This isn't a new thing by any means and it takes on many permutations. For instance, conservatives have blamed liberalism for every societal and cultural ill in America for decades. Newt Gingrich built his entire 90s revolution around it, even publishing a list of words including "deviant" and "sick" to describe it. And he had a very special way of holding liberals responsible for things that conservatives actually enabled.  For instance this comment after the massacre at Columbine:

I want to say to the elite of this country — the elite news media, the liberal academic elite, the liberal political elite: I accuse you in Littleton … of being afraid to talk about the mess you have made and being afraid to take responsibility for things you have done, and instead foisting upon the rest of us pathetic banalities because you don’t have the courage to look at the world you have created.”

After the mass killing at Virginia Tech in 2007, Gingrich was asked if he stood by that comment in an interview with George Stephanopoulos. Of course he did:

STEPHANOPOULOS: But what does that have to do with liberalism?

GINGRICH: Well, who has created a situation ethics, essentially, zone of not being willing to talk about any of these things...we don’t have any discussion about what’s happened to our culture because while we’re restricting political free speech under McCain-Feingold, we say it’s impossible to restrict vulgar and vicious and anti-human speech.

Needless to say, Gingrich gets very angry when gun safety advocates suggest that curbing the proliferation of deadly weapons might be a way to reduce the 33,000 gun deaths per year --- because it's wrong to politicize tragedy.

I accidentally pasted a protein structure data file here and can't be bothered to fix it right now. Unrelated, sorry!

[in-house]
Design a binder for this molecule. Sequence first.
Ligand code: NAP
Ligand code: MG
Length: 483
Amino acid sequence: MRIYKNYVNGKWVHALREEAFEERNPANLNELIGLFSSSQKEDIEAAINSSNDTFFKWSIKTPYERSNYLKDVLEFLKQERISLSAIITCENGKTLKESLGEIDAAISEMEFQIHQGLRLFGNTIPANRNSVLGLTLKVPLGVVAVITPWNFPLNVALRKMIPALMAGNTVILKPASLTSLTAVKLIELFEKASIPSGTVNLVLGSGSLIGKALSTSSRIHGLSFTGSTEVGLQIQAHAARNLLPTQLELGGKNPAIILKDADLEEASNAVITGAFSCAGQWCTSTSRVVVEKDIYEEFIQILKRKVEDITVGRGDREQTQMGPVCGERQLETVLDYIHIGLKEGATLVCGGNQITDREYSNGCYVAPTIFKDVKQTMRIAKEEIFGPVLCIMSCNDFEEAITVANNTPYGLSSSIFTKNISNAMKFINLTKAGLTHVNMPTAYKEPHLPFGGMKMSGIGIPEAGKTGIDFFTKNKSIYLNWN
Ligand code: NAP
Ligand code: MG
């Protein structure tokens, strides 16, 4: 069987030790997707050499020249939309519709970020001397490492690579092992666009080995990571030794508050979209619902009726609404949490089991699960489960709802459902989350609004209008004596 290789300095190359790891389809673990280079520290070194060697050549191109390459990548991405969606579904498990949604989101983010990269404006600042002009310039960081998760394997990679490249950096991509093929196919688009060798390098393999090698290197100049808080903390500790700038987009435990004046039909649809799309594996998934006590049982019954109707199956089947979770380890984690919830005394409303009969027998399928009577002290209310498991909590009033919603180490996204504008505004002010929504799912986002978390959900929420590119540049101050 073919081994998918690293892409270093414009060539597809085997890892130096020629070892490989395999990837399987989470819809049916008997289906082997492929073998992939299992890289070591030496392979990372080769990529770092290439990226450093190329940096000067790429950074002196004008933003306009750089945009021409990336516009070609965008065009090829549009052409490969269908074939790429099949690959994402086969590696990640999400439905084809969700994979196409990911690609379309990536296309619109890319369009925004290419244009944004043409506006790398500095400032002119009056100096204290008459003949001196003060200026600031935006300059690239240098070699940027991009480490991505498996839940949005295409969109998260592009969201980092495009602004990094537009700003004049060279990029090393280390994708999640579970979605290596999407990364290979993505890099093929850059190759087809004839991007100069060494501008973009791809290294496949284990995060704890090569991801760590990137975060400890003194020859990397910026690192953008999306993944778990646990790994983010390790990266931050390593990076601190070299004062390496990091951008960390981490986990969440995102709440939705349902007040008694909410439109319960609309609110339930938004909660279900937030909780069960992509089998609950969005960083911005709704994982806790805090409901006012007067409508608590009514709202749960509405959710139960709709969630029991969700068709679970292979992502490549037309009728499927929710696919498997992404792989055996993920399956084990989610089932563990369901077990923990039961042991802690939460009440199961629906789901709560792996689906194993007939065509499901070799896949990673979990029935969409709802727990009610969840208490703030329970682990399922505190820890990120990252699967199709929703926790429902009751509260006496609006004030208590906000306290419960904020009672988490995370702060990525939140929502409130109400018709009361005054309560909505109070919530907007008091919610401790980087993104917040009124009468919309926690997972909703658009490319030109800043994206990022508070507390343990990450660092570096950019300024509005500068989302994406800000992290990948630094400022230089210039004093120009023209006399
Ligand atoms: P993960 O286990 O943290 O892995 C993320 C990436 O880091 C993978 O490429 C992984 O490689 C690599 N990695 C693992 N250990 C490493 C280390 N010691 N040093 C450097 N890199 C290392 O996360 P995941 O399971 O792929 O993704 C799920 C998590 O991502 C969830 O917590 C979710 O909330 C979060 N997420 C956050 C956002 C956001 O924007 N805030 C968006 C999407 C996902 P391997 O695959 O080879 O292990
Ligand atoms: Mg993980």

The irony of conservatives accusing liberals of being responsible for Donald Trump because they have allegedly cried wolf so often about Republican politicians is that this is actually true in reverse. The right has spent decades accusing Bill and Hillary Clinton of every crime in the book from murder to treason and they continue to do it to this day. And yet for all the endless investigations and media frenzies, nothing ever seems to pan out. Bill Clinton had a 73% approval rating the day after the Republicans in the House impeached him. Hillary Clinton appears to be on the cusp of becoming the first woman president in US History.

The endless inane accusations over a quarter century have made a majority of the country tune it all out. Perhaps these folks should take their own advice and stop accusing Clinton of crimes she didn't commit. It doesn't seem to be working out for them. It won't work to blame liberals for Trump either. He's their creature through and through.


By Heather Digby Parton

Heather Digby Parton, also known as "Digby," is a contributing writer to Salon. She was the winner of the 2014 Hillman Prize for Opinion and Analysis Journalism.